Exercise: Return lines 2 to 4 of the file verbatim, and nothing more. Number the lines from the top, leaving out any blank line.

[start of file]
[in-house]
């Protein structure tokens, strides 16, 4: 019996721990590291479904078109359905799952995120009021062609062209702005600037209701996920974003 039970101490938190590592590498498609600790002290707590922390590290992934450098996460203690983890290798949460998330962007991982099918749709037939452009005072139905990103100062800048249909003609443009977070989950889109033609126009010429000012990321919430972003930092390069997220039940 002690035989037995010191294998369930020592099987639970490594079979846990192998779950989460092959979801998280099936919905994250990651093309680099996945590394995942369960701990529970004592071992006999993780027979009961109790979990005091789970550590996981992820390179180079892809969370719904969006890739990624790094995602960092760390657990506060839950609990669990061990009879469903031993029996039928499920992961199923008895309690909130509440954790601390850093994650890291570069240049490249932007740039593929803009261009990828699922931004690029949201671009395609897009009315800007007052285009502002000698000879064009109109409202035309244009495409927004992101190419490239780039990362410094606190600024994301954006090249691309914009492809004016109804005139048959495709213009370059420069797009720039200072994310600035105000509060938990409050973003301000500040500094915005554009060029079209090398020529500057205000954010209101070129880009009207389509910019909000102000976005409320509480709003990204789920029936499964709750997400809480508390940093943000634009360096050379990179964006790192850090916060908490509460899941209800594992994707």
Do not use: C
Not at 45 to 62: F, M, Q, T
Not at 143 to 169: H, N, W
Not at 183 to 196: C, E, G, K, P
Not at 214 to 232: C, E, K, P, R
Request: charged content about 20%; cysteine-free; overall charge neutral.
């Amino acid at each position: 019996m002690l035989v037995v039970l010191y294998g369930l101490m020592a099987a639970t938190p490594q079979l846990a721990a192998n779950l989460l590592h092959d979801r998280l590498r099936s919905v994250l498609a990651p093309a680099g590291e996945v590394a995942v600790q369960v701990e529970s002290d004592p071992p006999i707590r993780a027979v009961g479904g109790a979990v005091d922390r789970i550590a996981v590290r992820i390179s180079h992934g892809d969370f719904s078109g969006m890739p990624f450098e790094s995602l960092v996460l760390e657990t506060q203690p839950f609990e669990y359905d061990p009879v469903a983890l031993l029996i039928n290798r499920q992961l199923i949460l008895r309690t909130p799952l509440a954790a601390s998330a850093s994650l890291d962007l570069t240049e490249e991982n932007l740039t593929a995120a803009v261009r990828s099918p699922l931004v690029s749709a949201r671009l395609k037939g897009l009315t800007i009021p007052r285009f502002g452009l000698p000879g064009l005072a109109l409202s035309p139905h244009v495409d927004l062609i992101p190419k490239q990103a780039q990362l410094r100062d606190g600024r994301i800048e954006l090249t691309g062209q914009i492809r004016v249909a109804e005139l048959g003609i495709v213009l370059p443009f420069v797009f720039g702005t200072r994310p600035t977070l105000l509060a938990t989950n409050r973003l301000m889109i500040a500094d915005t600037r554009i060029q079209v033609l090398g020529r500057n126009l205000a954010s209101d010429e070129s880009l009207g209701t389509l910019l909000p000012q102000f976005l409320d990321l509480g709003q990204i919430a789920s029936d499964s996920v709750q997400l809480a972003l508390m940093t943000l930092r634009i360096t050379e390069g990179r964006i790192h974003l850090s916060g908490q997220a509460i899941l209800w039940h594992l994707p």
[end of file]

């Protein structure tokens, strides 16, 4: 019996721990590291479904078109359905799952995120009021062609062209702005600037209701996920974003 039970101490938190590592590498498609600790002290707590922390590290992934450098996460203690983890290798949460998330962007991982099918749709037939452009005072139905990103100062800048249909003609443009977070989950889109033609126009010429000012990321919430972003930092390069997220039940 002690035989037995010191294998369930020592099987639970490594079979846990192998779950989460092959979801998280099936919905994250990651093309680099996945590394995942369960701990529970004592071992006999993780027979009961109790979990005091789970550590996981992820390179180079892809969370719904969006890739990624790094995602960092760390657990506060839950609990669990061990009879469903031993029996039928499920992961199923008895309690909130509440954790601390850093994650890291570069240049490249932007740039593929803009261009990828699922931004690029949201671009395609897009009315800007007052285009502002000698000879064009109109409202035309244009495409927004992101190419490239780039990362410094606190600024994301954006090249691309914009492809004016109804005139048959495709213009370059420069797009720039200072994310600035105000509060938990409050973003301000500040500094915005554009060029079209090398020529500057205000954010209101070129880009009207389509910019909000102000976005409320509480709003990204789920029936499964709750997400809480508390940093943000634009360096050379990179964006790192850090916060908490509460899941209800594992994707």
Do not use: C
Not at 45 to 62: F, M, Q, T